|At least someone was happy for part of the time.|
Fast forward to September 2013 and hiking looks a bit.... different.
Armed with an arsenal of snacks, sandwiches, beverages, diapers and a backpack carrier for our toddler we get a start much later than planned. The delay was was due to an argument with a five year old about wearing socks, a twenty minute time out for an (almost) eight year old after he called his younger brother a "stupid poopy-head" and fifteen minute search for pair of matching shoes for the baby.
After we successfully pile into our minivan which just screams "rugged outdoor adventure",we head to a "family-friendly" hike in the foothills, one that promises little elevation gain, and a gentle stream perfect for skipping rocks. Forty-five minutes later we arrive at our destination to find the parking lot jam packed with other minivans and sportier cars with bike racks on top. Seems that the flat kid-friendly hikes are usually shared with the mountain bikers.
Often times just navigating our way to the trail head requires more effort than a five mile hike sans children. We grab hands that don't want to be held, in an attempt to keep our tiny offspring safe. We return to the car multiple times to retrieve forgotten water bottles and sunscreen. We (unsuccessfully) attempt to coax our toddler to ride in the backpack, eventually yielding to his violent protests and carrying him on our hips.
Ahhh. The trail head! But first a potty break. No we didn't remember the hand-sanitizer. *Sigh.* The older boys run ahead. All is good. Five minutes in and the husband and I are congratulating each other on a fantastic family outing. Isn't this lovely? It isn't even that hot yet. What? You want a snack already? Seriously? Can't we walk another 15 minutes before stopping? Okayokayokayokay.... we can have a snack! We stop and begin rummaging through the pack. Pretzels? No. PBJ? No. Granola Bar? No. We don't have gummy bears. Why would we have gummy bears? You aren't hungry? Fine. Backpack slung back on shoulder we return to our walk.
"BIKE!!!!" "BOYS! BIKES! MOVE TO THE SIDE. THE SIDE!" "No don't cry, I am not mad, I just want you to be safe. We need to watch for the bikers and make room for them okay? Stop crying. Let's keep walking. Yes you can have some water. I just need to get it out of the pack."
Back to walking and we make it something like .01 miles when shoes needs to be tied. He can do it himself! (Only he really can't, so what should take 10 seconds takes five minutes and another lesson about bunny ears.) We have been "walking" 15 minutes now and I can still see the bathrooms where we started.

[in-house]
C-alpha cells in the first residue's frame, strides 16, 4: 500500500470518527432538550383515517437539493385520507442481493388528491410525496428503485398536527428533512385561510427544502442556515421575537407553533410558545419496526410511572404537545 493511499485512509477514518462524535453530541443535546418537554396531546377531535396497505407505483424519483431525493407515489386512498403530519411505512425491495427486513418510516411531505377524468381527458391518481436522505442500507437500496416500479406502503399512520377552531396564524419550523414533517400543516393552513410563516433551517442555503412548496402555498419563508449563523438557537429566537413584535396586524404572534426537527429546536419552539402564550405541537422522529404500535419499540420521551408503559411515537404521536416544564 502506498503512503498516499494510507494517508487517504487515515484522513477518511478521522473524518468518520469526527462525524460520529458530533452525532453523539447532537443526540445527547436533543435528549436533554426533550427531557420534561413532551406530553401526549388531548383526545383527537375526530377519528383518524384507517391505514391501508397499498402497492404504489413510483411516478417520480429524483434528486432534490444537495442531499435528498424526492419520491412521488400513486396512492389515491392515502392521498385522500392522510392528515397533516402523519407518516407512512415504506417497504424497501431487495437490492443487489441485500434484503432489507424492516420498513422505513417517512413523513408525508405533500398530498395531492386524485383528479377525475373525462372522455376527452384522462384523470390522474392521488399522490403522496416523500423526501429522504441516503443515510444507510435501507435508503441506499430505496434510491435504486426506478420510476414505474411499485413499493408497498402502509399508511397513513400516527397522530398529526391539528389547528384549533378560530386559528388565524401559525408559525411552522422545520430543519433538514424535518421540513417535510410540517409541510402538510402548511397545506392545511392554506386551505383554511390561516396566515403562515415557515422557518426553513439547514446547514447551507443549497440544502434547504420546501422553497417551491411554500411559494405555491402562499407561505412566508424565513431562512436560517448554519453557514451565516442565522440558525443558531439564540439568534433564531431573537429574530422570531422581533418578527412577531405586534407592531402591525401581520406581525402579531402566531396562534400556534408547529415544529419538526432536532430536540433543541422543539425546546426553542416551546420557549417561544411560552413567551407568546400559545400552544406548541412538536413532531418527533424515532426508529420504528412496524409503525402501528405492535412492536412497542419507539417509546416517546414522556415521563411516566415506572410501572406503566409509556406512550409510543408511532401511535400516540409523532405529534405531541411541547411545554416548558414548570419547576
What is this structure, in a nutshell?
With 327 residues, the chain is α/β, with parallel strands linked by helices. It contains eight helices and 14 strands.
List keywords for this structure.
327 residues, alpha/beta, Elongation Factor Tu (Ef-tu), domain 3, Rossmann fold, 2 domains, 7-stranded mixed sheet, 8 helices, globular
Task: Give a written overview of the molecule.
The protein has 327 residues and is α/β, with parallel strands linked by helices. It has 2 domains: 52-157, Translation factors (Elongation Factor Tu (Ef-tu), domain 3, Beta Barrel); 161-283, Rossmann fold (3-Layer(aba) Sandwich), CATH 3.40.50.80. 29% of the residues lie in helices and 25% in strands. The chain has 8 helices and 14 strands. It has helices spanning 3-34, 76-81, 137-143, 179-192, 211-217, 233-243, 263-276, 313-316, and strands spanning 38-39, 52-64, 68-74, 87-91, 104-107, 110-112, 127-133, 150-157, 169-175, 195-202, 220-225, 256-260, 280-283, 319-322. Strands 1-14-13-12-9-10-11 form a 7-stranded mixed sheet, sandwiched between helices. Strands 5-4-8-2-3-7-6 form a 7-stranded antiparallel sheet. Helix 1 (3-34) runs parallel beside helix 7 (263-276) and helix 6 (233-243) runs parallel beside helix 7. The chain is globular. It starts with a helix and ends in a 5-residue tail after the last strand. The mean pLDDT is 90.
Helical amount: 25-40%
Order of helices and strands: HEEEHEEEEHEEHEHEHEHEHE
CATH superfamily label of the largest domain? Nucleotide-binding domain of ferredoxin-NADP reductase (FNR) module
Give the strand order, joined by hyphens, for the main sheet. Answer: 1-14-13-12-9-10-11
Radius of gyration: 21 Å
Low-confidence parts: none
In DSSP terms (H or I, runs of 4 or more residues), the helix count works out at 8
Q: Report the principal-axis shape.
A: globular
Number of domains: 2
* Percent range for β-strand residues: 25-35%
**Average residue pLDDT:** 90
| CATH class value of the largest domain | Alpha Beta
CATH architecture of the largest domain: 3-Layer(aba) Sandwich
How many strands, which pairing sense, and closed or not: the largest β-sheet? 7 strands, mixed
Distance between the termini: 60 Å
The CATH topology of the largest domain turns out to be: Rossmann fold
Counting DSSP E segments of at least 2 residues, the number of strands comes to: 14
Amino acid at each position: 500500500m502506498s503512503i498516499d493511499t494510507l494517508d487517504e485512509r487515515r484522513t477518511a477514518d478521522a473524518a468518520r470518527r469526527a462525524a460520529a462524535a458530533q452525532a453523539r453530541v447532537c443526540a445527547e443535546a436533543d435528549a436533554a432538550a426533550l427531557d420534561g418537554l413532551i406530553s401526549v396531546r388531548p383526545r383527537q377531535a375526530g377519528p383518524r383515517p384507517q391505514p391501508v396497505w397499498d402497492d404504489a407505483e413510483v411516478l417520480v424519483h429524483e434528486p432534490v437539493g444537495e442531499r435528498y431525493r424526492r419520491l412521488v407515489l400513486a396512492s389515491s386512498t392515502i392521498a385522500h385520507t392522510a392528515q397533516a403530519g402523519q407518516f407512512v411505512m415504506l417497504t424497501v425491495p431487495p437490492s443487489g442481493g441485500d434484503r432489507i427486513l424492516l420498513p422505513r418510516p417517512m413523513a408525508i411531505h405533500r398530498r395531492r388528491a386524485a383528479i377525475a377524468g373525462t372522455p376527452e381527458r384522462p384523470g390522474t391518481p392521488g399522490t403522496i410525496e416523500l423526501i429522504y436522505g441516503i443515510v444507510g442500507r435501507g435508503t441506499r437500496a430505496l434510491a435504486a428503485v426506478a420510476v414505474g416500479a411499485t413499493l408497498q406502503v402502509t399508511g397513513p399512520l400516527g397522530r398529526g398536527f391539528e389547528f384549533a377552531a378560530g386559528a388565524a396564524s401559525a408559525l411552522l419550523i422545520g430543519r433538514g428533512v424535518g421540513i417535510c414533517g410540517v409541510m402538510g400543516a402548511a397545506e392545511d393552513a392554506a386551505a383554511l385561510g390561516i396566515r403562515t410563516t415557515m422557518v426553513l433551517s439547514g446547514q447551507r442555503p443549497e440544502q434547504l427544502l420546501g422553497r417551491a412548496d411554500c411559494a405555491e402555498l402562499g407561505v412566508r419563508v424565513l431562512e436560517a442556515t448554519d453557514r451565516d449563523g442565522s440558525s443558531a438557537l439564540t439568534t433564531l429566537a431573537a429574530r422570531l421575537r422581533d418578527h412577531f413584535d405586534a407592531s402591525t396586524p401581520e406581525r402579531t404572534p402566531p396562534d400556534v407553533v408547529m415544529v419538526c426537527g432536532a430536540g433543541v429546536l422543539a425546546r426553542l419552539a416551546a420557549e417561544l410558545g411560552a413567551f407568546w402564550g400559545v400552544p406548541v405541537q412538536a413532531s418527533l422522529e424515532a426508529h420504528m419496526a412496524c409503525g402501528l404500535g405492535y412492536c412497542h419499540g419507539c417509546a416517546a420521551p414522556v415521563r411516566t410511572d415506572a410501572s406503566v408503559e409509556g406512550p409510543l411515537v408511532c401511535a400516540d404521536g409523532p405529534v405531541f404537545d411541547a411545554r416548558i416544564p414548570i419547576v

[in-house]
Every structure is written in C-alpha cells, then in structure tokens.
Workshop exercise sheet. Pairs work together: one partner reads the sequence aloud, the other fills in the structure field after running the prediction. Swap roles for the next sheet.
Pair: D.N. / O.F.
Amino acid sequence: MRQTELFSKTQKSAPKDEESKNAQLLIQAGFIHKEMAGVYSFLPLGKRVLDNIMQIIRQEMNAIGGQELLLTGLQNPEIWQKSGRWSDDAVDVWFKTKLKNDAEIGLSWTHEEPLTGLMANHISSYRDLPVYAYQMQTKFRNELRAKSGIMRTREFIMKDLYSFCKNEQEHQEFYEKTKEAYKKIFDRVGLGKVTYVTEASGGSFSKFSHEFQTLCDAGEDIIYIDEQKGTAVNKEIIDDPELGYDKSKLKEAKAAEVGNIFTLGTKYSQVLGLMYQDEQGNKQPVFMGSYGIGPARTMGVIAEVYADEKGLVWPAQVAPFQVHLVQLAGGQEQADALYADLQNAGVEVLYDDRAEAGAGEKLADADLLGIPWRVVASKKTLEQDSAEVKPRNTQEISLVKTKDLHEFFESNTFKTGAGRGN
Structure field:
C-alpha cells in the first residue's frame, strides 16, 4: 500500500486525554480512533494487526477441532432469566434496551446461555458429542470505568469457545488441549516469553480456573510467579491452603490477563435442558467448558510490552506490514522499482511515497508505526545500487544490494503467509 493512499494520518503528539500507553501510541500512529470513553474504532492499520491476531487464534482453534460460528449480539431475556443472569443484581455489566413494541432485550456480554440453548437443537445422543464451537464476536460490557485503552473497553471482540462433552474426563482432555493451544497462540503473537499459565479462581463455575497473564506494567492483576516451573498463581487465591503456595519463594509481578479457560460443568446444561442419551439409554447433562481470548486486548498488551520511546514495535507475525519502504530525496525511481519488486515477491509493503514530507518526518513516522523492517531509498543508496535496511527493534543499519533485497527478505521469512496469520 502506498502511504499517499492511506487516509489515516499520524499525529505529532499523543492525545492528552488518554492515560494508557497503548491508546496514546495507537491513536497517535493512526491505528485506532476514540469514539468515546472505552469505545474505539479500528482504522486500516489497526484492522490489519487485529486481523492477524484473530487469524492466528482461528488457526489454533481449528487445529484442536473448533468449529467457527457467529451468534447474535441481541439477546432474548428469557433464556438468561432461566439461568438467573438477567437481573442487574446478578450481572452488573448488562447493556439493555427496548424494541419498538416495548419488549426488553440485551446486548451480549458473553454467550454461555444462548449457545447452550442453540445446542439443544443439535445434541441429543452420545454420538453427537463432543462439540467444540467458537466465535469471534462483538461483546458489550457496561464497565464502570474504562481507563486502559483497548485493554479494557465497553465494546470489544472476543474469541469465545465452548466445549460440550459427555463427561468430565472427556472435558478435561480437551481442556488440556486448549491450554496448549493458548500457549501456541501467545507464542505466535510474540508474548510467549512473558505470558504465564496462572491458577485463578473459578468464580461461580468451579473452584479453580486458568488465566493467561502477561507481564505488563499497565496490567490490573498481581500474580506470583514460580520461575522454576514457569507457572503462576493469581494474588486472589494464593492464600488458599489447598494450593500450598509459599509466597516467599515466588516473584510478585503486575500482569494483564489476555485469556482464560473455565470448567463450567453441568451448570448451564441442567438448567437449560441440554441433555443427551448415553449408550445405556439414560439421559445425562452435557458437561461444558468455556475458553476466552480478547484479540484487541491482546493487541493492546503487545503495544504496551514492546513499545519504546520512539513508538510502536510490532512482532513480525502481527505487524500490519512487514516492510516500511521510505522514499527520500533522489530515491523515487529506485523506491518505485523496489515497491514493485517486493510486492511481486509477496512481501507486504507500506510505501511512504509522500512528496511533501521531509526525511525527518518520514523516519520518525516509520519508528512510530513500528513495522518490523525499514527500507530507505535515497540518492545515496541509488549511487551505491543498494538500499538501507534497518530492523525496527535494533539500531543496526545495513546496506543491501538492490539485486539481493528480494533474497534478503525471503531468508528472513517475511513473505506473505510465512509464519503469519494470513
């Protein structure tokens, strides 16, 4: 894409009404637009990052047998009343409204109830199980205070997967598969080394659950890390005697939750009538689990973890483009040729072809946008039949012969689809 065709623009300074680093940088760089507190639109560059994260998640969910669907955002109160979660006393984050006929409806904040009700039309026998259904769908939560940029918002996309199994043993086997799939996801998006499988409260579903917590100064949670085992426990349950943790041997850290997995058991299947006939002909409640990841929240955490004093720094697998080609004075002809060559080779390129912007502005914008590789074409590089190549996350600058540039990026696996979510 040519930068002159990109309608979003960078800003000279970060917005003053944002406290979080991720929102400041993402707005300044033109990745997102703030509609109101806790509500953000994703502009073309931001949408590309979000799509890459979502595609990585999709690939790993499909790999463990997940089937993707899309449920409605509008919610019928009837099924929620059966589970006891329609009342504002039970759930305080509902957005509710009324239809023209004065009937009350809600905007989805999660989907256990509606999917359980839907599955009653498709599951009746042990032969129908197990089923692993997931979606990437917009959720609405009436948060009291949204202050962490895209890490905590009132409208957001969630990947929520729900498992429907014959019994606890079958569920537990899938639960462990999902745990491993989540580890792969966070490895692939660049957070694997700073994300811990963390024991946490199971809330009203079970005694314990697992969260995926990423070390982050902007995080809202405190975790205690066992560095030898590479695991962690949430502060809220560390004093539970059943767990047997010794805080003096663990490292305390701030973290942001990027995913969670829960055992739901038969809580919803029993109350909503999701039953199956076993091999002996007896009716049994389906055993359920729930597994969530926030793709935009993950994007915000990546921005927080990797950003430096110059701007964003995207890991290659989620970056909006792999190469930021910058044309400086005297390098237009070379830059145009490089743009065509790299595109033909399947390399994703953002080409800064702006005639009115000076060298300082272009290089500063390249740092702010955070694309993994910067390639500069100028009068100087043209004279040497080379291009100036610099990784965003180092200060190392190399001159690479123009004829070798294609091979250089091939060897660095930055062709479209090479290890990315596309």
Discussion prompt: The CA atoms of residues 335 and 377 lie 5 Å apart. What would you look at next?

I put on my best camp counselor voice and try to motivate my boys. "Hey guys! Let's see if we can find that stream! We have to keep moving so we can get there! Let's go" I chirp cheerfully.
"Streams are dumb" my five year old informs me. "Hiking is so boring. All it is, is just walking." Don't get frustrated I tell myself. Keep calm. Use a bribe.
We have trail mix!!! With M&M's! BINGO. All systems are a go. Fueled by a mouthful of sugar the boys forge ahead. Julian is getting heavy. Won't you please go in the backpack? Maybe if we just force him in he will grow to like it. Back arched, it's a two person operation. I'm kicked in the chin and David has had his hair pulled but finally we have maneuvered our two-year old power-house into the pack and we are on our way.
|It isn't as easy as it looks.|
We look for distractions, point out unusual bugs and flowers, but Evan isn't fooled he missed the damn deer. He pouts and complains that his feet are tired, that it's too hot and that he is bored.
I'm getting a headache. Where the hell is this flipping stream that promises hours of fun rock skipping? And what is that smell? Right. Diaper change. In the woods. Fun stuff.
No stream but we find a large flat rock perfect for a lunch break. We sit down and unpack the picnic, which appears to be the highlight of the whole hike. Ahhh peace. 15 minutes later we are packed up and ready to press on. The boys seem rejuvenated and full of energy. They begin running down the wooded path, how sweet. I should grab my camera. A wail. Zachary blurts an angry "I hate you!" The boys start pushing and shoving and a young couple walk by with a confused look on their faces.
"What is going on?" I demand. Talking over each other, with tears running down their faces I am told about how each one wanted to be the leader and who shoved who, and blah, blah, blah.
Defeated we return to our van. Once buckled in, the boys are again happy and chattering as they settle in for an episode of SpongeBob.
It's then as I am closing my eyes and trying to catch a cat nap on the way home that a
|Hiking with their cousins. Guess who isn't happy?|